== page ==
Picture in Time: Blackpool Coronation 664

Normally in our Picture in Time series we see a tram either in service or resting in between duties but for our latest instalment we head to Rigby Road bus yard for a view of Blackpool Coronation 664 which was getting ready for a date, a date with the scrapman.

Carrying the Half Green, Half Cream livery with orange trolley tower 664 had been withdrawn at the start of October 1971 and when this photograph was taken in July 1972 the tram only had three months left before scrapping which was to take place in October 1972. Destination blinds have already been removed and the windscreen also seems to be missing but many of the other visible fixtures and fittings still seem to be in situ. 664 is joined in this waiting area by another of the unlucky Coronation Cars which was due to be scrapped.

Photograph by Bob Hodges

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7 Responses to Picture in Time: Blackpool Coronation 664

  1. David Butterworth says:

    I was always of the opinion that the virtual wholesale scrapping of the class was a mistake. Surely the Z cars should have been kept and maybe modified, with chopper control or something similar.

    Also it is a pity that the class is unrepresented on the Heritage Service, for the second year running. I realize that several attempts have been made to get 304 running but haven’t been successful. Maybe time to call in an expert – if there is such a thing!

  2. Dave says:

    Give them some credit! Its now down to money. The ‘experts’ have been consulted and it must now await funding. Personally I think 660 is much more useful as it is Z4 fitted and therefore much more useful on the short low speed service on Blue service. It also needs much less work I believe!

    • David Butterworth says:

      660 is in need of a major overhaul of its bogies; something not done since 1975! The bearings are worn out judging by the groaning sounds it made when last I rode on the tram. I would imagine the cost could be well over £10,000, similar to the cost of doing Box 40. Also there is an ongoing problem with its air operated doors, so more cost would be involved.

      Incidentally, my comments over 304 weren’t meant as criticism; the engineers have tried to find the fault, so deserve credit. Considering the expensive costs incurred when 304 was renovated and the VAMBAC repaired , it seems to have gone faulty quite soon after, even with its limited use. The question of money has not been raised to my knowledge, but you may have a point.
      304 is the only true Coronation as we all know; the Z4s were never in the same class as regards performance. They were sluggish by comparison.

  3. John Fisher says:

    If the trucks under 304 are in better condition, perhaps they could be rolled under 660. At least one of the cars could run, better than having two duffers sat doing nothing at the back of the depot. At least 660 doesnt suffer from the complexities of an unreliable control system.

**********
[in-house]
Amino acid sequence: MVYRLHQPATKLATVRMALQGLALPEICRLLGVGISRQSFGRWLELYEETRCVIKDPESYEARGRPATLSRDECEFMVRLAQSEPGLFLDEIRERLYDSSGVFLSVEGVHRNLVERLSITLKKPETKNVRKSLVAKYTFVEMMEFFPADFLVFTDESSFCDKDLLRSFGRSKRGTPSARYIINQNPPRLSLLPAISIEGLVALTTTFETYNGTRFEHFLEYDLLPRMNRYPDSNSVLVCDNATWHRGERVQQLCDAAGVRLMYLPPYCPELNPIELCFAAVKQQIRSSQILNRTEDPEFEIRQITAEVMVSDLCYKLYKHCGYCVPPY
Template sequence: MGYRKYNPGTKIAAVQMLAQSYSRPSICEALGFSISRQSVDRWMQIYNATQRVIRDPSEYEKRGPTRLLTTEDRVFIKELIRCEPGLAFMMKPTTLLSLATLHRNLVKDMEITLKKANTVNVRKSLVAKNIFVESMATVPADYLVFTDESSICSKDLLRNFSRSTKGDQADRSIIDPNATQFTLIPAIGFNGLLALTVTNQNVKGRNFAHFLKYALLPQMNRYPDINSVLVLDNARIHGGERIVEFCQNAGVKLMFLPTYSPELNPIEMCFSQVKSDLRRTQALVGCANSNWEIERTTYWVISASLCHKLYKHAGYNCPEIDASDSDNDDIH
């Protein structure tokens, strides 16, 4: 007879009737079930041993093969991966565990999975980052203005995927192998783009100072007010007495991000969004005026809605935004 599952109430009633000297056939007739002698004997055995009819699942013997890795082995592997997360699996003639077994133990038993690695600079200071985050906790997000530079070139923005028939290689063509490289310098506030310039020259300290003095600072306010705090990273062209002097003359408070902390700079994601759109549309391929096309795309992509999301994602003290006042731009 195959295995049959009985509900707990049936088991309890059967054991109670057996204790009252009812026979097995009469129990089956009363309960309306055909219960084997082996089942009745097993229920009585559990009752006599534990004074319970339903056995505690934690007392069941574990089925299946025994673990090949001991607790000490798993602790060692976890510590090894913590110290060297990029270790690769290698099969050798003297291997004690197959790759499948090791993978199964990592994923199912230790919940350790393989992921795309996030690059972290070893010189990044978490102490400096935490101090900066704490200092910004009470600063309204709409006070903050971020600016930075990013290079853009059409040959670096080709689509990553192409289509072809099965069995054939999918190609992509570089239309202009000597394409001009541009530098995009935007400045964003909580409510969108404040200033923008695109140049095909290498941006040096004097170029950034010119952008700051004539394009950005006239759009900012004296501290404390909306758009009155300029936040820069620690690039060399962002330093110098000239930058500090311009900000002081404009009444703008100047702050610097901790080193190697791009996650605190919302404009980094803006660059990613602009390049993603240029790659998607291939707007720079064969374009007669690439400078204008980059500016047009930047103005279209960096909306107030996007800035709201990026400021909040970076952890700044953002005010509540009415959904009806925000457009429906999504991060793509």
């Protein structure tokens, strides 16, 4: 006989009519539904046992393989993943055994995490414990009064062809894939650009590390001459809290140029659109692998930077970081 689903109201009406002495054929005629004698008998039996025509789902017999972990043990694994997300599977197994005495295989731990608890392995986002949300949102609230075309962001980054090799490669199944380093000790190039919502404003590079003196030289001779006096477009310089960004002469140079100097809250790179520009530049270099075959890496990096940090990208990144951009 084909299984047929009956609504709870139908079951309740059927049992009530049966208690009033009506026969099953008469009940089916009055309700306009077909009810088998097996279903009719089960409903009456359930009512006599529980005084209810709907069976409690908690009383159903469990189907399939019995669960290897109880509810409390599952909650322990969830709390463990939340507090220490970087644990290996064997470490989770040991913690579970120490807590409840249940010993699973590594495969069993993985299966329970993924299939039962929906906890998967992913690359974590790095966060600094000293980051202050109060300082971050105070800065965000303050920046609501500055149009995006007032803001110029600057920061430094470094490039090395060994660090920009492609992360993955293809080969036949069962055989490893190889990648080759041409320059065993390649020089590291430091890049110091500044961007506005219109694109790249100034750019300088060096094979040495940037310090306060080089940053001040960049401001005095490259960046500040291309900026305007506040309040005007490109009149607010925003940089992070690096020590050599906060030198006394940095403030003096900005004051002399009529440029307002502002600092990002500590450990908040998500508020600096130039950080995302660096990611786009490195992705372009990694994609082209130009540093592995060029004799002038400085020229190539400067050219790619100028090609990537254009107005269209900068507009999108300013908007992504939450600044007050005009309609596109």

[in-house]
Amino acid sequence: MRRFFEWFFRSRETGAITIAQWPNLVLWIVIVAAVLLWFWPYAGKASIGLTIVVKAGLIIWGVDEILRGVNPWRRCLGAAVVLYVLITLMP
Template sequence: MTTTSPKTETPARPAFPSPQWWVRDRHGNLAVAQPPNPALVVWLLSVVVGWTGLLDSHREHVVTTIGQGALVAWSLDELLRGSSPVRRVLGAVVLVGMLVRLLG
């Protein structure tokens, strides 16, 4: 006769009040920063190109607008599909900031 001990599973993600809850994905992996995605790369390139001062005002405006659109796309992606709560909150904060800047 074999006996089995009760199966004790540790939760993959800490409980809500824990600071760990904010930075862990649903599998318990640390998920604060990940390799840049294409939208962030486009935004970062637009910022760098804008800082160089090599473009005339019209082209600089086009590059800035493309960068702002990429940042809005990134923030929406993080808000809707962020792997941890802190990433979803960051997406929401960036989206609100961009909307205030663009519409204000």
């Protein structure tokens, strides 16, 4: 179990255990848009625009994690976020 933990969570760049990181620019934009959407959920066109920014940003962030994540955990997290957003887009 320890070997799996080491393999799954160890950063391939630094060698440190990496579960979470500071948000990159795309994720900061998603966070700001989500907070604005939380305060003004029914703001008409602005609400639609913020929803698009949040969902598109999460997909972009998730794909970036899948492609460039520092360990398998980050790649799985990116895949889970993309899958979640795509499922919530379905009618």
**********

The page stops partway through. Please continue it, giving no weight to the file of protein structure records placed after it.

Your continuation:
4. nostalgicyetprogressive says:

    Apart from the unreliable VAMBAC equipment, a major stumbling block with the Coronation Cars was their sheer weight – approx. 20 tons. Not only did this make them energy inefficient, but increased wear and tear on the tracks. I seem to recall that this was one of the reasons this class of tram was not considered suitable for conversion to pay-the-driver vehicles, with the much underused E E Railcoaches being chosen instead. However, it did seem likely the Joseph Franklin had intended to retain the five cars which remained at the end of 1972.

    I get the impression that maintenance of the bogies was quite a challenge – 655, 661 and 663 suffered from noticeable rattling at this time, with 661 being particularly severe. 665 and 661 were in good working order (655, excellent) and were the last two available for general service after Derek Hyde, who came to office in 1974, decided to dispose of the remaining cars in order to draw a line under the whole unfortunate episode. 660 and 663 were in store together with 641 (304) awaiting preservation (660, of course as a heritage car in the Blackpool fleet). I think the main problem was the need to use a special press to refit tyres to the resilient wheels, which was due to the rubber wedges used for noise reduction.

    Given that these problems still exist in the three Coronation Cars currently within the Blackpool Heritage Fleet and the need to progress special projects such as 143 and the refurbishment of invaluable trams such as 706, I expect that the resources of Rigby Road are more economically efficient when employed on the latter. To be fair too, 143 and others like 279 have been on hold for nearly seven years and really do deserve priority. Time maybe to put the ‘Spivs’ to the back of the queue, especially as they have enjoyed such prominence in recent years and let other trams have their turn, which in some cases is long overdue.

  5. David Butterworth says:

    I am informed that an expert who has dealt with and worked on Vambac cars has found and fixed the problem.